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Showing posts from June, 2005

A quick tale 41


“I was just about to call you”, he’d say whenever she rang. Even if he hadn’t called in days. And she’d have been sleeping next to the phone. Just in case.

A quick tale 40

A conversation

There are two friends. Let’s call them A and B.
A tells B, “You won’t guess what he bought me for my birthday”
“Go on, tell, tell”, coaxed B.
“A diamond ring”
“Cannot be bigger than the one my man got me for our anniversary.”
“Was it this big?” asked A, keeping her fingers apart some two inches.
“Bigger. And this year I know it’ll be better.”
“Aren’t we lucky?” A exclaimed.
They both nodded dreamily. It was their turn to get off the bus. And back to a dusty old home and children with runny noses.

A quick tale 39

Nick name

She had a secret name for the men in her office. Based on how they sneezed. The head clerk was horse. Senior accountant was chihuahua (that’s the sound he made). Manager was wolf. Deputy manager sloth. Honestly, she had no clue how sloths sneezed. He was such a slob, that’s why.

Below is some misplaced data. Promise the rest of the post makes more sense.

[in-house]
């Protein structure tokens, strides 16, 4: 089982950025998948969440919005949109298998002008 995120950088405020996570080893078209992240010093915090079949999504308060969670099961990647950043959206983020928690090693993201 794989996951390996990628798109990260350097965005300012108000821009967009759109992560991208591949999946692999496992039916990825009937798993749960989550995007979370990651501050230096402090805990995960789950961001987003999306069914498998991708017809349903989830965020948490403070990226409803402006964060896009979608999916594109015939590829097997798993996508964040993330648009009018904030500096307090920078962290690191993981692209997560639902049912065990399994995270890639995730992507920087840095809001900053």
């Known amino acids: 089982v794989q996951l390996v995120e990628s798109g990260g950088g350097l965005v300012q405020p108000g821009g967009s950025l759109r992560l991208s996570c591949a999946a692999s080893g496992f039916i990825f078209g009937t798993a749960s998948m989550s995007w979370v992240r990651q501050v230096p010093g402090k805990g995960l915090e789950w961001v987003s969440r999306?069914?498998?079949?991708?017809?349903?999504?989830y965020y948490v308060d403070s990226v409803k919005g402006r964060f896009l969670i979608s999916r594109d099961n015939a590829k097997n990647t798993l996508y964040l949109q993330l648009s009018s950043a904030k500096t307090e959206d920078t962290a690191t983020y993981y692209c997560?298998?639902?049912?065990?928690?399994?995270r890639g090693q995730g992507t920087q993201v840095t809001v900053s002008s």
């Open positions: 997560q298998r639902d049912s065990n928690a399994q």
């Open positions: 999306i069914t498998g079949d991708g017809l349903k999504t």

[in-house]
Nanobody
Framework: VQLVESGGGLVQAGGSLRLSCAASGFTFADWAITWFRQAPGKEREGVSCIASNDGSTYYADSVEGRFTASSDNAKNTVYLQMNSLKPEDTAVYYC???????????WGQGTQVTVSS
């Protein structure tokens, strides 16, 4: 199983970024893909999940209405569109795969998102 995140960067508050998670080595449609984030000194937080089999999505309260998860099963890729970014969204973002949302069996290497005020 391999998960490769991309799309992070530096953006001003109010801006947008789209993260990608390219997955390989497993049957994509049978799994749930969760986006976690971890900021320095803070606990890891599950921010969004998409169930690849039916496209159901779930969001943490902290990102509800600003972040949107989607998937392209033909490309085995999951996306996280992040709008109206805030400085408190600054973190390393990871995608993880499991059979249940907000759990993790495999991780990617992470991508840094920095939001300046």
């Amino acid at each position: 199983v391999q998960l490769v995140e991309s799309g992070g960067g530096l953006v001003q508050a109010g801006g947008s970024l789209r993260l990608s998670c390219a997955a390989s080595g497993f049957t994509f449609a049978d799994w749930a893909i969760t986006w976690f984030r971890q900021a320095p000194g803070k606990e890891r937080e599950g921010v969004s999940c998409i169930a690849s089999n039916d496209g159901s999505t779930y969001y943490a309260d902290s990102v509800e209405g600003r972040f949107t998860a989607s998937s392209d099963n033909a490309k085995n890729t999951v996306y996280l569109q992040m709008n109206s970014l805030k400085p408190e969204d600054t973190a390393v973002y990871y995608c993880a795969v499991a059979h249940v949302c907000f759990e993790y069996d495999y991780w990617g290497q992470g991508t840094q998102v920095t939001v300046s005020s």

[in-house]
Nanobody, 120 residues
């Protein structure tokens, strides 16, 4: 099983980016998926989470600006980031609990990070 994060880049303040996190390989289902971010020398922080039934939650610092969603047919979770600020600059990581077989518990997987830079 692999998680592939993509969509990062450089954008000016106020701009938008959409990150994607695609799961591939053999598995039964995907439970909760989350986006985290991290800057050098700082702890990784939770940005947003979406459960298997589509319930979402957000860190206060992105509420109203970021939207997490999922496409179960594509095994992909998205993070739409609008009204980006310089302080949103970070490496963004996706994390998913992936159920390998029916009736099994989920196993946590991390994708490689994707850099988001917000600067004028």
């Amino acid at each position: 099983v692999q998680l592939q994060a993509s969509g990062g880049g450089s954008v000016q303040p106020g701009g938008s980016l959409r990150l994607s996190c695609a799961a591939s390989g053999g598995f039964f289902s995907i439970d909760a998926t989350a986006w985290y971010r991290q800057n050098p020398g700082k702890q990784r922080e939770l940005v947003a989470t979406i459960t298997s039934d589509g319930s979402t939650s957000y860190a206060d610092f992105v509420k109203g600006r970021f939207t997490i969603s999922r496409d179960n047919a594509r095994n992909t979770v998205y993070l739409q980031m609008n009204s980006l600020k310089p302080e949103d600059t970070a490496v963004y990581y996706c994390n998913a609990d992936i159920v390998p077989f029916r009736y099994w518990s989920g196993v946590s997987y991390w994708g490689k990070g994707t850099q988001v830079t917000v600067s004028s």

A quick tale 38

Where the heart is

They built houses, had children and became citizens of this new country. But home was still an old place where mosquitoes bred in abundance and children slept next to their mothers

A quick tale 37


"What do you want to be when you grow up?", they asked her.
She looked around. Amma carrying a pan of sand on her head. Appa hammering away at rocks. Her younger sister playing in filthy mud dangerously close to the building that her parents were helping build.
What did she want to be when she grew up? Not this. Definitely.

A quick tale 36

A weekly chat

“Hello, it’s me. What time is it over there now? Must be lunchtime. What did you cook? Did the little one eat? Don’t give him chunky vegetables. He’s too young to chew. Mash it well. Your grandmother used to mash food with her fingers before feeding you both. Amma is fine. Yes, she takes her medicines regularly. Her arthritis is less painful. Don't worry, her blood pressure is under control also. I’ve started going for morning walks now. Doctor says it is good for health. You know how I like to keep myself busy. I stop by at the temple on my way back. I only pray to God that He keep all my children happy. And now I’ve started praying for my grandson also. Is that him crying? Why is he crying? You better attend to him first. We’ll talk next Sunday. Take care, my child.”

For Appa.

A quick tale 35

Age concern

She was one of the girls that looked older than her age. At 13, she was mistaken for a 20-year old. At 25, they asked her if she was 30. At 38, they thought she was her son’s grandmother.
One day while filling up a form, she lied about her age. Said she was 58 instead of the actual 43. The clerk looked up and exclaimed how young she looked.

A quick tale 34


She looks at photos taken ten years ago and exclaims how young she looked back then. How soft and uncreased, her skin. No sign of worry and how carefree!